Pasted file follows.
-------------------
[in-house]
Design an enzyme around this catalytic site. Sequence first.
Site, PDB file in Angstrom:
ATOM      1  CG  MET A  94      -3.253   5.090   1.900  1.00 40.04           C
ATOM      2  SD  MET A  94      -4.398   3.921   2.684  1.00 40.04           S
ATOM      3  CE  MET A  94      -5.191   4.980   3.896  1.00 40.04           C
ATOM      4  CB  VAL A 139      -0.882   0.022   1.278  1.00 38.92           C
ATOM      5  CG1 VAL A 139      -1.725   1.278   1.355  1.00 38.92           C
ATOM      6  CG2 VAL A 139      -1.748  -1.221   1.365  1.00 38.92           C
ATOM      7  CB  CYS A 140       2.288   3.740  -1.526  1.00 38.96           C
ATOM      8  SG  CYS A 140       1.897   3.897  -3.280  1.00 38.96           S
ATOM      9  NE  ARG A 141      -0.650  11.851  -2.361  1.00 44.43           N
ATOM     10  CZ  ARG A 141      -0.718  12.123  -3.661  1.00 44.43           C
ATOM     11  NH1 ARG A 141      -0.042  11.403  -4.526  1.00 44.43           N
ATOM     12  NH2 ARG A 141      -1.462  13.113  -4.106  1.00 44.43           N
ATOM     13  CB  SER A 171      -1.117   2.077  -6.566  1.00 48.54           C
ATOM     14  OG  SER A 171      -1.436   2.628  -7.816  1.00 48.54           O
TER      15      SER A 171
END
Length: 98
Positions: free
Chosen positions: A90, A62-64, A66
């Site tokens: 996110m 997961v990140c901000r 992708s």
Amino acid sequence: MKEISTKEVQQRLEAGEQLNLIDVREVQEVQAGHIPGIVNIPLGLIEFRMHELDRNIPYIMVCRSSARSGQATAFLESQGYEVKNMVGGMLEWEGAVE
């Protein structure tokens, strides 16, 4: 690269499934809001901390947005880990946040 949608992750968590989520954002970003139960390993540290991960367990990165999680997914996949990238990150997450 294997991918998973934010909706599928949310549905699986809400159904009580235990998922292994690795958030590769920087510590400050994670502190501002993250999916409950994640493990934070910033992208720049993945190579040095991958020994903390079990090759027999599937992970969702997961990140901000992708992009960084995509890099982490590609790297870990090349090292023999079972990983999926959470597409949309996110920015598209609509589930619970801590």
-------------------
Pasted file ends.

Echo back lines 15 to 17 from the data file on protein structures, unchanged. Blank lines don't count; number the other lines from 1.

ATOM     12  NH2 ARG A 141      -1.462  13.113  -4.106  1.00 44.43           N
ATOM     13  CB  SER A 171      -1.117   2.077  -6.566  1.00 48.54           C
ATOM     14  OG  SER A 171      -1.436   2.628  -7.816  1.00 48.54           O